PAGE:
NextEra Energy had an impressive year in 2020, expanding its pipeline of renewables projects to the largest in company history, piloting green hydrogen production and delivering power through its Florida Power & Light (FPL) utility subsidiary in the face of a global pandemic and record-breaking hurricane activity.
NextEra Energy Resources has a renewables backlog of more than 15,000 MW, surpassing the business' existing renewables portfolio, the company said in its third-quarter earnings report, released in October.
NextEra's efforts to expand via a utility acquisition have come up dry so far, but the company could see a boost under a Biden presidency, which experts say will lead to higher utility investment in clean energy.
Stephen Byrd, an analyst at Morgan Stanley, sees the company as a leader on renewables, and says investors are responding. In October, the company's market cap topped $145 billion, making it larger than ExxonMobil.
"They're the number one player in terms of renewable energy, and they are quite innovative," Byrd said. The company's stock has climbed from about $60/share in January to more than $75/share last month.
"On the non-utility side they've created real economic value with renewables," said Byrd. The high return on investment associated with renewables "is a huge driver of the stock price," he said.
NextEra Energy Resources' wind, solar and storage backlog
Some of NextEra's success is being driven by its utility subsidiary, which is investing in solar and green hydrogen.
At FPL, "all of the major capital projects, including one of the largest solar expansions ever in the U.S., remain on track," Chief Financial Officer Rebecca Kujawa said during the company's third quarter earnings call in October. The utility's typical residential bill remains 30% below the national average, she added, and is "the lowest among all of the Florida investor-owned utilities."
The utility is building out its 1,600 MW community solar program — the largest such program in the U.S. — and expects the final 600 MW in service next year.
FPL is "really best in class," said Byrd. "They've kept bills low and their reliability is high."
Byrd noted that while FPL did wait to build large amounts of solar once the resource fell in price, "they went from fairly modest amounts to one of the biggest programs in the U.S."
That reflects the company's approach to new resources and its caution in spending capital, said FPL spokesperson Bill Orlove.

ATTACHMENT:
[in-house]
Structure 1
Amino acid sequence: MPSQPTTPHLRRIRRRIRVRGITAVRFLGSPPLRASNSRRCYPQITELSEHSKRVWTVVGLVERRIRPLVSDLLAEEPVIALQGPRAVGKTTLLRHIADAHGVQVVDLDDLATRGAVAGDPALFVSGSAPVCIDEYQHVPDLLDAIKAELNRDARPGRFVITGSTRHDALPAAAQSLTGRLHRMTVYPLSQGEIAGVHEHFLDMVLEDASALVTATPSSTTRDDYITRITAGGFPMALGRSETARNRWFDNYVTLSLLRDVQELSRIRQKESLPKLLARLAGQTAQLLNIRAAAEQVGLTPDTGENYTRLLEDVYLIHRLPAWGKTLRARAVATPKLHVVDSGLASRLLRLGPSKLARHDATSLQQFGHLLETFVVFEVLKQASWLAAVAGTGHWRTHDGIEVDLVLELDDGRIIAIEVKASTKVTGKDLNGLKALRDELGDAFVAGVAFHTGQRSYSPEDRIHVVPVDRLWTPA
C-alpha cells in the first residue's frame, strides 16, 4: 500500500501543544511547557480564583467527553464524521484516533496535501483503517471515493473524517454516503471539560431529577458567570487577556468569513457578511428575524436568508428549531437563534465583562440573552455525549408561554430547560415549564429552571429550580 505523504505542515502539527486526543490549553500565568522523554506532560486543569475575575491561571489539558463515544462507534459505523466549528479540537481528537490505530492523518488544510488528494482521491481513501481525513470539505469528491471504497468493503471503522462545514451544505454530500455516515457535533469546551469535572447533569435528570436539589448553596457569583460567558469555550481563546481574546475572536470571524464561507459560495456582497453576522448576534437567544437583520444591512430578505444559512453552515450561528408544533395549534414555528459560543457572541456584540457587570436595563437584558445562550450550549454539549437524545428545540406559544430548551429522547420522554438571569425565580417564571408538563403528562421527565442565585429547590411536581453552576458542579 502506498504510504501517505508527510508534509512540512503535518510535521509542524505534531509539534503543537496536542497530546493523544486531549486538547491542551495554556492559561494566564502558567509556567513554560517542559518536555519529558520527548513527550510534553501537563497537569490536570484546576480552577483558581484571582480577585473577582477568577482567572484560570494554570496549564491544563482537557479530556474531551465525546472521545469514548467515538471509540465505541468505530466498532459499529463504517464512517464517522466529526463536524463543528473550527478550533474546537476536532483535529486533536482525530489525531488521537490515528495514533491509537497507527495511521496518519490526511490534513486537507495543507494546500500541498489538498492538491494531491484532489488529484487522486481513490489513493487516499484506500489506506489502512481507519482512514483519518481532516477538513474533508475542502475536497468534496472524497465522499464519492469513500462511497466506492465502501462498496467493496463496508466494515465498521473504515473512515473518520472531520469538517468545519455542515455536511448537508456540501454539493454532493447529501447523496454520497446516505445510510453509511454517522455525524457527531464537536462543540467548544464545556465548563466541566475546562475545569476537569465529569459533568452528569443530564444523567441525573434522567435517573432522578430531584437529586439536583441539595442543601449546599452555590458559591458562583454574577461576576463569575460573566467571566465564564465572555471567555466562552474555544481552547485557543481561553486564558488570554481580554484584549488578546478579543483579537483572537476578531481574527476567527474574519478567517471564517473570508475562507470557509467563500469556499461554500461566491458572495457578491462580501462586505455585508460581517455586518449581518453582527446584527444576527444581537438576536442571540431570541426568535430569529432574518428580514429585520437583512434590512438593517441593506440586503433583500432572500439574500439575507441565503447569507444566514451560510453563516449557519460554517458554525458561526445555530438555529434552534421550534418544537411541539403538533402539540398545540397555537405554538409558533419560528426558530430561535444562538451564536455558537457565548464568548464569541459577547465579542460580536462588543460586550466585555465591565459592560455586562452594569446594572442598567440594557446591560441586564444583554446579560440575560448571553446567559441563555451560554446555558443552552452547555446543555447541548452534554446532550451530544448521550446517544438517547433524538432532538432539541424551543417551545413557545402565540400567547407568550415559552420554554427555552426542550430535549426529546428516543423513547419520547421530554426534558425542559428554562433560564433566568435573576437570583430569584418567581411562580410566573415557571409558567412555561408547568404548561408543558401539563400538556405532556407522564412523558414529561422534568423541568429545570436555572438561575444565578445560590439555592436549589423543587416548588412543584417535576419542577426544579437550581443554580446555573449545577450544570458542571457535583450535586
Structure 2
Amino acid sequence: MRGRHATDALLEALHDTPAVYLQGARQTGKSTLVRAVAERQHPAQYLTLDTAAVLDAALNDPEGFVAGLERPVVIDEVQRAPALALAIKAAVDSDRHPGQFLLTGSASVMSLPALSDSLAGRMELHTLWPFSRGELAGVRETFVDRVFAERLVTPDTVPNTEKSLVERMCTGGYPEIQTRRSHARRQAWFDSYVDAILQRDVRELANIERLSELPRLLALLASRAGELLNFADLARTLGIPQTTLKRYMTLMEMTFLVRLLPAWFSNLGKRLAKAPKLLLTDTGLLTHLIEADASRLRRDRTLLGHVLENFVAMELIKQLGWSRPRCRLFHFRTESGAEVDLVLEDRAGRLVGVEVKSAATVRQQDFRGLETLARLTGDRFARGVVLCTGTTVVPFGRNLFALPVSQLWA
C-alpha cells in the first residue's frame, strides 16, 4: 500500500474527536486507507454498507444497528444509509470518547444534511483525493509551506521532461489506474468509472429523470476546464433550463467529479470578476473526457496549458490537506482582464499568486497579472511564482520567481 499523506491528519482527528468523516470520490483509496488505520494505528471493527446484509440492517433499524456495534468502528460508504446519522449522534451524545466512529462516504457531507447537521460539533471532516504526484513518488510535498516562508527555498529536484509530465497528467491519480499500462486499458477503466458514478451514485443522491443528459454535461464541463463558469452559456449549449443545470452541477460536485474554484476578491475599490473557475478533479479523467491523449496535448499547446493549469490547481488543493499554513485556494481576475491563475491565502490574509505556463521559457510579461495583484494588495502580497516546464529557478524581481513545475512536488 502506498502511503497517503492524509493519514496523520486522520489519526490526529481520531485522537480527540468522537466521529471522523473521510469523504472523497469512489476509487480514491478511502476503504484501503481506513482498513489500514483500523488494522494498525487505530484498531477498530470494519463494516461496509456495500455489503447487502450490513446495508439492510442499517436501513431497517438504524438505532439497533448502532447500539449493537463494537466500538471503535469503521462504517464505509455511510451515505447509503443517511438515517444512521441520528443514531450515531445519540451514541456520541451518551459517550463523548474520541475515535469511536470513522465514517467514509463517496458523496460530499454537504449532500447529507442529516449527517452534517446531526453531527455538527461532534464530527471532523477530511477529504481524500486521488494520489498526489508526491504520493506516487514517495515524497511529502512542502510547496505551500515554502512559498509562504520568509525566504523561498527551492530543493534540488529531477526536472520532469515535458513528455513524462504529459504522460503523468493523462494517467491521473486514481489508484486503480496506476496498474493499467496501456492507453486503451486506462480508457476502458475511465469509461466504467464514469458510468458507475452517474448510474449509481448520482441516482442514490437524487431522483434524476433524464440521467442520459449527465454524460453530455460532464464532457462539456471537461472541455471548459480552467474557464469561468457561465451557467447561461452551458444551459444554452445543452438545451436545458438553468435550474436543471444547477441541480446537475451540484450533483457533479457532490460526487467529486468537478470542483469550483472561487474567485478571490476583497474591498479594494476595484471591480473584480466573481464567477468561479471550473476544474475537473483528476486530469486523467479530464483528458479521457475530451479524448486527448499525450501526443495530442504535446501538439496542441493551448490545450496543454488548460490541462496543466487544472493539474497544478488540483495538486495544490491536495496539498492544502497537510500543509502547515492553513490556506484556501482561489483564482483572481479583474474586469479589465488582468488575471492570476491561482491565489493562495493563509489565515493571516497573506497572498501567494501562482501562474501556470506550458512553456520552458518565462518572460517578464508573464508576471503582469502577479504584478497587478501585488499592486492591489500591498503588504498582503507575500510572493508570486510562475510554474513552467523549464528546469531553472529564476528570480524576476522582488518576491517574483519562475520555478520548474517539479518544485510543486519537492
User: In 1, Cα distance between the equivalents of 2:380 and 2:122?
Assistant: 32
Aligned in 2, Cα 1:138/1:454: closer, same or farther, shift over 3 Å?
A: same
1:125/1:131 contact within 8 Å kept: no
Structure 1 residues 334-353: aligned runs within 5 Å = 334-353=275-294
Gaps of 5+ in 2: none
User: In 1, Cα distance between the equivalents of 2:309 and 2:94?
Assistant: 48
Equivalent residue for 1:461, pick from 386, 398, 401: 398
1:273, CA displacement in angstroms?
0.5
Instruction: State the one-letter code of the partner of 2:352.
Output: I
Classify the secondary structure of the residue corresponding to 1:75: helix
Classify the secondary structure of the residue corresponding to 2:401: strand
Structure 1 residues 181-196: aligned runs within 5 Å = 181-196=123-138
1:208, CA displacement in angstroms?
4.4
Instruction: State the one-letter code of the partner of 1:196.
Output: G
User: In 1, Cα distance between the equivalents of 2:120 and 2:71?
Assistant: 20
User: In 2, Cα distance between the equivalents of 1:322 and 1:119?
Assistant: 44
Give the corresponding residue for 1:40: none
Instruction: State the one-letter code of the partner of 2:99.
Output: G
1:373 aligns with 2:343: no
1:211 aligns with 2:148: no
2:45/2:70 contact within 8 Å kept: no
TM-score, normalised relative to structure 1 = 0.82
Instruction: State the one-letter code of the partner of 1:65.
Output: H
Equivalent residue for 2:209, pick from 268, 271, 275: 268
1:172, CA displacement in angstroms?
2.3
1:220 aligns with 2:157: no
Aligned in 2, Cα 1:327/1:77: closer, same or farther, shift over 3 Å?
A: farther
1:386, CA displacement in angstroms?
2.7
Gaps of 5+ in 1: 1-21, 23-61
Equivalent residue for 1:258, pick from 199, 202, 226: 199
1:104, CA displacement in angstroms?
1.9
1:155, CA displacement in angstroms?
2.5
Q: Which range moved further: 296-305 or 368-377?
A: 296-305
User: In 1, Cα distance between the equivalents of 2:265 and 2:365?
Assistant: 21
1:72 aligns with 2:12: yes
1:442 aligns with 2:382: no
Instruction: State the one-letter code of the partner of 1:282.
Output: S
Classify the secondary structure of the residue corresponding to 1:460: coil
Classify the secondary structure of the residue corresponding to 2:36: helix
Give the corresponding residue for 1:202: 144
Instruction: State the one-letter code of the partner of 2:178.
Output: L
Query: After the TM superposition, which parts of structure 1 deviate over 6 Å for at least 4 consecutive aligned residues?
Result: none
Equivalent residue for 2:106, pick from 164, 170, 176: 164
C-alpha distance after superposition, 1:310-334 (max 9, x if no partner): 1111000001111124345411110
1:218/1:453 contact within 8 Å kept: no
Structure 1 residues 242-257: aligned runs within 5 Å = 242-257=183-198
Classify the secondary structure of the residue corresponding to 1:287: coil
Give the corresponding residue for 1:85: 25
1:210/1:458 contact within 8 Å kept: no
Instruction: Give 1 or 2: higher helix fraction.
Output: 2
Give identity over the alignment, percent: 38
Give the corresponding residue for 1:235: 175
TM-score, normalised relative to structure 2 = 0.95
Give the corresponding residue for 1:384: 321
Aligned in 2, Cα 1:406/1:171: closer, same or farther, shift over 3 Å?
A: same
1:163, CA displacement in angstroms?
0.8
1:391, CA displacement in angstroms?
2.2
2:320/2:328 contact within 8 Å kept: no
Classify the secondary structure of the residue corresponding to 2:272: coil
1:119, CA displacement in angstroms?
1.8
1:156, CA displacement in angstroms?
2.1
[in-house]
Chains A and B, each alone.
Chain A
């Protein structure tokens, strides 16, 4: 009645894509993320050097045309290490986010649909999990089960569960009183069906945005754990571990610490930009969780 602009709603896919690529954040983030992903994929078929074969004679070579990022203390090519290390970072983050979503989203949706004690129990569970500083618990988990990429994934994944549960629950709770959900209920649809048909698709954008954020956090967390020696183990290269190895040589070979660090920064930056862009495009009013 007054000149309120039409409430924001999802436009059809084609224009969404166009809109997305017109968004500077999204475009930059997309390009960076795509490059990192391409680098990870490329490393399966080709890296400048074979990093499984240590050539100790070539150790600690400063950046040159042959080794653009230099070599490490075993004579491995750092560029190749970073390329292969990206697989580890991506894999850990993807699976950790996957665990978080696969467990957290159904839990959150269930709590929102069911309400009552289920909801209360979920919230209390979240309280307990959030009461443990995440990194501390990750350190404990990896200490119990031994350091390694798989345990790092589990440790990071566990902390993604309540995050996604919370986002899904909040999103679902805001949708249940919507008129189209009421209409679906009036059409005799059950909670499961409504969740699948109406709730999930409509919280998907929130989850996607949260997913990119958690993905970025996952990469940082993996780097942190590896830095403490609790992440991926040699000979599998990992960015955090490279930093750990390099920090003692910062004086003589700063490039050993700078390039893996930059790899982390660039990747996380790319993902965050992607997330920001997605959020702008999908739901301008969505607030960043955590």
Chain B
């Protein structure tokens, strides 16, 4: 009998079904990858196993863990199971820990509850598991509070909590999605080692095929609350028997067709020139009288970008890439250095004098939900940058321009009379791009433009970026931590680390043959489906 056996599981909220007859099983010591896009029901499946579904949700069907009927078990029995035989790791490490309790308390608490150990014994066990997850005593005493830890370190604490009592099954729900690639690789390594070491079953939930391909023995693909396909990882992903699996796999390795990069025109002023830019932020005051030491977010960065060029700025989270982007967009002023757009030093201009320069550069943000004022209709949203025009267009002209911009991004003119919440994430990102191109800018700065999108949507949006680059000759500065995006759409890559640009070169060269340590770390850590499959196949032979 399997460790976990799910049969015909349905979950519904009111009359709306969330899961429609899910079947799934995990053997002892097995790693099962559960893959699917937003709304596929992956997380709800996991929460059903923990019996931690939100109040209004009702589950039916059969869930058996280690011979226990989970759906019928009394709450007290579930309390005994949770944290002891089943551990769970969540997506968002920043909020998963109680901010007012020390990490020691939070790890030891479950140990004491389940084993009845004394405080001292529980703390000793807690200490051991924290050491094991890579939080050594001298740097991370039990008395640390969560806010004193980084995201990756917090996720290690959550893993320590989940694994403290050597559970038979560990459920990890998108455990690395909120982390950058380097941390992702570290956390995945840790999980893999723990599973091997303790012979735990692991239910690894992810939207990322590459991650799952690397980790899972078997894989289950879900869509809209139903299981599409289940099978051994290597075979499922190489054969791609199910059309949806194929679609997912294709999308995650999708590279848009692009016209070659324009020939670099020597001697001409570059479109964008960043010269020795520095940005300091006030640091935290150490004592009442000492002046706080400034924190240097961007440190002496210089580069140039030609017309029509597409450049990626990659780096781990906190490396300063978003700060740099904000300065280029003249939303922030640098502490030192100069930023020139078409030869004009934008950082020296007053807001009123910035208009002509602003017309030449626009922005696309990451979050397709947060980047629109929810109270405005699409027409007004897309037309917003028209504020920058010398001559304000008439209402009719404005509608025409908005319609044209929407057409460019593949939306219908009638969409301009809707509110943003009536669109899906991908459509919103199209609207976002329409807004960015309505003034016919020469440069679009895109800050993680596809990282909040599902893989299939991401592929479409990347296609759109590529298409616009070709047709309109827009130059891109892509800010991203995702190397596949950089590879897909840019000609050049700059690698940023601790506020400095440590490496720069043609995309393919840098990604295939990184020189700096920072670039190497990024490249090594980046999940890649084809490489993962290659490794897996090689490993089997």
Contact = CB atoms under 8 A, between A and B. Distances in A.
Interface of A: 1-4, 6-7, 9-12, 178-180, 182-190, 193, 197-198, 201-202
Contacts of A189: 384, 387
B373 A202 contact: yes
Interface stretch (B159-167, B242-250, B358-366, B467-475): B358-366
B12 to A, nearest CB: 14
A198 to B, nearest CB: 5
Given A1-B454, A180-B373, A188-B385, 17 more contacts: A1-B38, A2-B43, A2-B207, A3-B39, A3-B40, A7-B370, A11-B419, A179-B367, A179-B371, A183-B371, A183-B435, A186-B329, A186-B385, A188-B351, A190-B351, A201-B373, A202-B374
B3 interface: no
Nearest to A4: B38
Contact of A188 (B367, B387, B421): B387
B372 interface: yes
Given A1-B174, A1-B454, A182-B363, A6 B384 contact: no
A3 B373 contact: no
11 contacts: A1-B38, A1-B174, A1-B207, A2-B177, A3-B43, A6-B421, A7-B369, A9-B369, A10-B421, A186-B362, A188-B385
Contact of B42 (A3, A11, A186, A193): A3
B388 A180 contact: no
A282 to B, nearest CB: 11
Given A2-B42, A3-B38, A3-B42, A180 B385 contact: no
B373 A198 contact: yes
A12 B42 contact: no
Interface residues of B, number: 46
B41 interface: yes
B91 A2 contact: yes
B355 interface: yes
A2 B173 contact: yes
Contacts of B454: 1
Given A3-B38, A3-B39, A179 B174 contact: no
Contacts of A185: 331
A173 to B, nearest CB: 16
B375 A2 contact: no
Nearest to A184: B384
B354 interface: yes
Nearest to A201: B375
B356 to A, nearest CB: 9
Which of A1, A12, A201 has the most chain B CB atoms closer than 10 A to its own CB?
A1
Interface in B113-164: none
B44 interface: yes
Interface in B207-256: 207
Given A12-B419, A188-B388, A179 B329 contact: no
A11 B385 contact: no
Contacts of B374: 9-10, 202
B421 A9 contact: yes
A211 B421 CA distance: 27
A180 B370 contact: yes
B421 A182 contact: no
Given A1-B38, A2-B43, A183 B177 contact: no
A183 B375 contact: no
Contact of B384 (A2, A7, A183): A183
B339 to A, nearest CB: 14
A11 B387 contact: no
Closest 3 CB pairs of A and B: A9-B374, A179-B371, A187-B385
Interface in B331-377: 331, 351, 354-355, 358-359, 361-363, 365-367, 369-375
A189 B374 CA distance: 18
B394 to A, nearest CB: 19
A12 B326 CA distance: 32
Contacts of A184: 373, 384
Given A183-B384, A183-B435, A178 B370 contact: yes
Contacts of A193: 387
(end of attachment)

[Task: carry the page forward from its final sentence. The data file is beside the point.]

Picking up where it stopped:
"We take a toe-in-the-water approach" on new technologies, Orlove said.
FPL is similarly piloting green hydrogen, through a $65 million program to replace some natural gas burned at the utility's Okeechobee power plant. If approved by regulators, Orlove said the project could be operational by the end of 2023.
Cheap renewable power is one part of the green hydrogen value chain, and NextEra is a leader there. "This could be a new area of growth for their renewables products," said Byrd. However, the biggest near-term opportunities for green hydrogen are likely in transportation, he said, not bulk power.
While NextEra has struggled to close a large utility M&A deal, in 2019, the company successfully purchased Gulf Power, the main electric utility in northwest Florida with 450,000 customers.
"The Gulf Power transaction is a great example of true economic value creation," said Byrd, pointing to NextEra's ability to help the utility build renewables cheaper.
Duke Energy turned down a reported $60 billion buyout offer from NextEra this fall. NextEra was also rebuffed after a $15 billion offer for Kansas-based Evergy, following bids in previous years for Oncor Electric and Hawaiian Electric.
They've remained disciplined," Byrd said of NextEra's acquisition attempts. They have pursued transactions, but "walked away" from deals "if they disliked the terms," he said.
FPL maintained reliability throughout a record hurrican season, while dealing with COVID-19.
The utility sent mutual assistance crews to Gulf's territory this year, following Hurricane Sally, and actively helped other utilities in this "unprecedented hurricane season," Orlove said.
While FPL has had to rely on mutual aid in the past, the utility's resilience efforts, including system hardening and power line undergrounding, are paying off. "This year we were able to return the favor," said Orlove, by deploying mutual aid workers five times.